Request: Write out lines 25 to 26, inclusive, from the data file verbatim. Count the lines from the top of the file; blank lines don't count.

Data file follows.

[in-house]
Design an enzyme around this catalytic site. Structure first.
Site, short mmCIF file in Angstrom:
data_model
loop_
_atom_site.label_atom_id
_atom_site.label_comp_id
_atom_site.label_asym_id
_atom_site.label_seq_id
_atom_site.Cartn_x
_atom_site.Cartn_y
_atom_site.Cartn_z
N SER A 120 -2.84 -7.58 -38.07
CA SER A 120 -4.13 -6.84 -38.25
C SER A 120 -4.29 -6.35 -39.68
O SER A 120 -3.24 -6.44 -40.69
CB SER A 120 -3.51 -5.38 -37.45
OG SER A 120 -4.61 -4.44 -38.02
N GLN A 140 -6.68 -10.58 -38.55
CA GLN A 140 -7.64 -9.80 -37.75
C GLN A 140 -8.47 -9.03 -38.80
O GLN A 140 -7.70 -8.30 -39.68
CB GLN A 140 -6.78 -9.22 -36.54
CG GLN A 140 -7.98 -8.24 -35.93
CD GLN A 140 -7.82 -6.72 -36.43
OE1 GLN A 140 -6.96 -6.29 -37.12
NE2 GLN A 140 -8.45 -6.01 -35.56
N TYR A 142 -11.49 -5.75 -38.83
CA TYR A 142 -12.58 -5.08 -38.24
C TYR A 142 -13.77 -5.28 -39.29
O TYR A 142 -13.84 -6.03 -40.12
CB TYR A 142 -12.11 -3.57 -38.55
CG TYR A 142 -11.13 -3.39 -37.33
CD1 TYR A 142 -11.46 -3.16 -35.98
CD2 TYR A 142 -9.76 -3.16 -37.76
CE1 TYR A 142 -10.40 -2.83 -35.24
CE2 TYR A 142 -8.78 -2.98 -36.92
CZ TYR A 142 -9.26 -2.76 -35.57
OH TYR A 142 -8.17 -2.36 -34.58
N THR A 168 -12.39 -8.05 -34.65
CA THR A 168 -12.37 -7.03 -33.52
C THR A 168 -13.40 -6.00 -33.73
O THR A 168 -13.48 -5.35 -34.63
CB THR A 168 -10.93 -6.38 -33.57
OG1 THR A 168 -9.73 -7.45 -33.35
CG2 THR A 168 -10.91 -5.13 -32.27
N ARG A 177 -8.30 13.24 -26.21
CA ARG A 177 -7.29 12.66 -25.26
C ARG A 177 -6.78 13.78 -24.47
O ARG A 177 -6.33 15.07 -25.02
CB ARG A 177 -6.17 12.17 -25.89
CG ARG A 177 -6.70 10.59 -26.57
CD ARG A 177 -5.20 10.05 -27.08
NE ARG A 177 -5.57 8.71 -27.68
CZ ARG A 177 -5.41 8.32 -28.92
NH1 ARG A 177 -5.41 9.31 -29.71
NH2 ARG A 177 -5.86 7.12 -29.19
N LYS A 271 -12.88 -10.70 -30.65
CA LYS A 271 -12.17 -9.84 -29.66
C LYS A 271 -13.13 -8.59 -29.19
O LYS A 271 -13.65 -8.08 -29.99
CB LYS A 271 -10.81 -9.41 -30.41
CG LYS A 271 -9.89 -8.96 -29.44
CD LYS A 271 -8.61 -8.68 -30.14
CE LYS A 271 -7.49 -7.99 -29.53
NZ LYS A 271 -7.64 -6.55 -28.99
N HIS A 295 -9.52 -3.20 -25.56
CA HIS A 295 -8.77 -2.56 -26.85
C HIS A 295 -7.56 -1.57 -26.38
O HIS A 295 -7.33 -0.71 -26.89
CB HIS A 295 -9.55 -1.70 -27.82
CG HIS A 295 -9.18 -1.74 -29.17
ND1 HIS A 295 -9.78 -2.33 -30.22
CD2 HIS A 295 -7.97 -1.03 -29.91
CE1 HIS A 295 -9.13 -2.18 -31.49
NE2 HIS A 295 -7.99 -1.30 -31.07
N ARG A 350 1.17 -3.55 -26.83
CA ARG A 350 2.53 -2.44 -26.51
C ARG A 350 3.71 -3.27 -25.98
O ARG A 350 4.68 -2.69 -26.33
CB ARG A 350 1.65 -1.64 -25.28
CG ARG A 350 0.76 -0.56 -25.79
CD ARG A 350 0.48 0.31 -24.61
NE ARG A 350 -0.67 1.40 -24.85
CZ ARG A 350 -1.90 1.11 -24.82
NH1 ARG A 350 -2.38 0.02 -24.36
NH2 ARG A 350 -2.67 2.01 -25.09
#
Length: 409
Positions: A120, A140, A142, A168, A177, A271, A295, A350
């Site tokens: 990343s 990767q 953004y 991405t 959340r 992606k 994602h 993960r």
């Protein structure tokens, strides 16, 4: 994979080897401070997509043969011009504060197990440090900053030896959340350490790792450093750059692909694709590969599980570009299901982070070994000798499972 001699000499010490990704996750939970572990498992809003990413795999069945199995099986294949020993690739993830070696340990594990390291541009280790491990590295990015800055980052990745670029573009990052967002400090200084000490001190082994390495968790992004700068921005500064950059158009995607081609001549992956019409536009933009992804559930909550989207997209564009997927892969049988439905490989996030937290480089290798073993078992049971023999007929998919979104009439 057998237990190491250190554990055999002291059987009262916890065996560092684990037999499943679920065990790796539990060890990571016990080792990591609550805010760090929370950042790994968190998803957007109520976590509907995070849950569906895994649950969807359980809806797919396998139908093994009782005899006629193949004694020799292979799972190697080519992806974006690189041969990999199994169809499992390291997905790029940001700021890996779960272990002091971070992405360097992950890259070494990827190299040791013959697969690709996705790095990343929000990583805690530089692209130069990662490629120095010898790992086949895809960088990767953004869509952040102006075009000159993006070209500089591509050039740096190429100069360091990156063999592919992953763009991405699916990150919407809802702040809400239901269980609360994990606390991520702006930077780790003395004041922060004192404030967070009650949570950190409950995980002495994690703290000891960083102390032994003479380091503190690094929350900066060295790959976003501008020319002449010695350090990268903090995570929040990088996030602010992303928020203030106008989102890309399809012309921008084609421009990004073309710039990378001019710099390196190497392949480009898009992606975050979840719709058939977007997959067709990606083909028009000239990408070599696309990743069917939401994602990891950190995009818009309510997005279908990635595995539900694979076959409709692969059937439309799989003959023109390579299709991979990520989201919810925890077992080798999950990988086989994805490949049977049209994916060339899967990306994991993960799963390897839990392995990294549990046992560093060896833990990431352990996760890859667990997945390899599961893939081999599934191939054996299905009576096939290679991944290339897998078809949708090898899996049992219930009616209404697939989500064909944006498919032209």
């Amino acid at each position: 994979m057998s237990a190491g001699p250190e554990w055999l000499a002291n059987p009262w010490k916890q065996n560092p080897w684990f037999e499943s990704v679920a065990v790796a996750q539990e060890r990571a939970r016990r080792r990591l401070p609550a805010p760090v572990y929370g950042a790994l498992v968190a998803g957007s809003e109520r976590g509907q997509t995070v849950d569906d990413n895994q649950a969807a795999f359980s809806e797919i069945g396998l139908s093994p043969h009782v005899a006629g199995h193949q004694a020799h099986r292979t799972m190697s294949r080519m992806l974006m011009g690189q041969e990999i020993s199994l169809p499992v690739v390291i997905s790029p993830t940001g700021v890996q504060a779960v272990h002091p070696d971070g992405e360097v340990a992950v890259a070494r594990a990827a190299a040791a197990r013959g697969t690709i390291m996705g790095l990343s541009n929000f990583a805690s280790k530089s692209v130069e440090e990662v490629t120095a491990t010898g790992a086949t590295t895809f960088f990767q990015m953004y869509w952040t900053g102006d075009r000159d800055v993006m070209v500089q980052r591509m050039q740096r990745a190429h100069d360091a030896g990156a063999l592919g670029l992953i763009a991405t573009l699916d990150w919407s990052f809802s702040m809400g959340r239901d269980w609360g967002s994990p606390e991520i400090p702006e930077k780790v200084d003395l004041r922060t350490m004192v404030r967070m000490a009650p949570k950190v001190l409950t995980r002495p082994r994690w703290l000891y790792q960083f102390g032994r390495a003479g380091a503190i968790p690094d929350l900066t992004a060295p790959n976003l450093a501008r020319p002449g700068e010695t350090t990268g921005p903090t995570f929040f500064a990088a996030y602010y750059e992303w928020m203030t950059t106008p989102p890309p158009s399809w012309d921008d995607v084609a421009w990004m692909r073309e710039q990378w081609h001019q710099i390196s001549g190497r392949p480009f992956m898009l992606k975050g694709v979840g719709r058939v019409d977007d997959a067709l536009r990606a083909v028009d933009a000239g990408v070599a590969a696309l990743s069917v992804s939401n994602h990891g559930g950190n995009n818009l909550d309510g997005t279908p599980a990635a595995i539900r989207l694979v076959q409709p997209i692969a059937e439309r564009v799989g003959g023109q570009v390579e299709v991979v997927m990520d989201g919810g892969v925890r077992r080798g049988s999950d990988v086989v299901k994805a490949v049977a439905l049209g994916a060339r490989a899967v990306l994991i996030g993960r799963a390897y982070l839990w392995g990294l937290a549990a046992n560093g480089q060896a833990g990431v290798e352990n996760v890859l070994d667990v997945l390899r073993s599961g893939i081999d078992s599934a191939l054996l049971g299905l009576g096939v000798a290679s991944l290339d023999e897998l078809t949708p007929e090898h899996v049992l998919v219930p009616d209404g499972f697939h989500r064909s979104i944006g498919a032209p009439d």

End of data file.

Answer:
CD GLN A 140 -7.82 -6.72 -36.43
OE1 GLN A 140 -6.96 -6.29 -37.12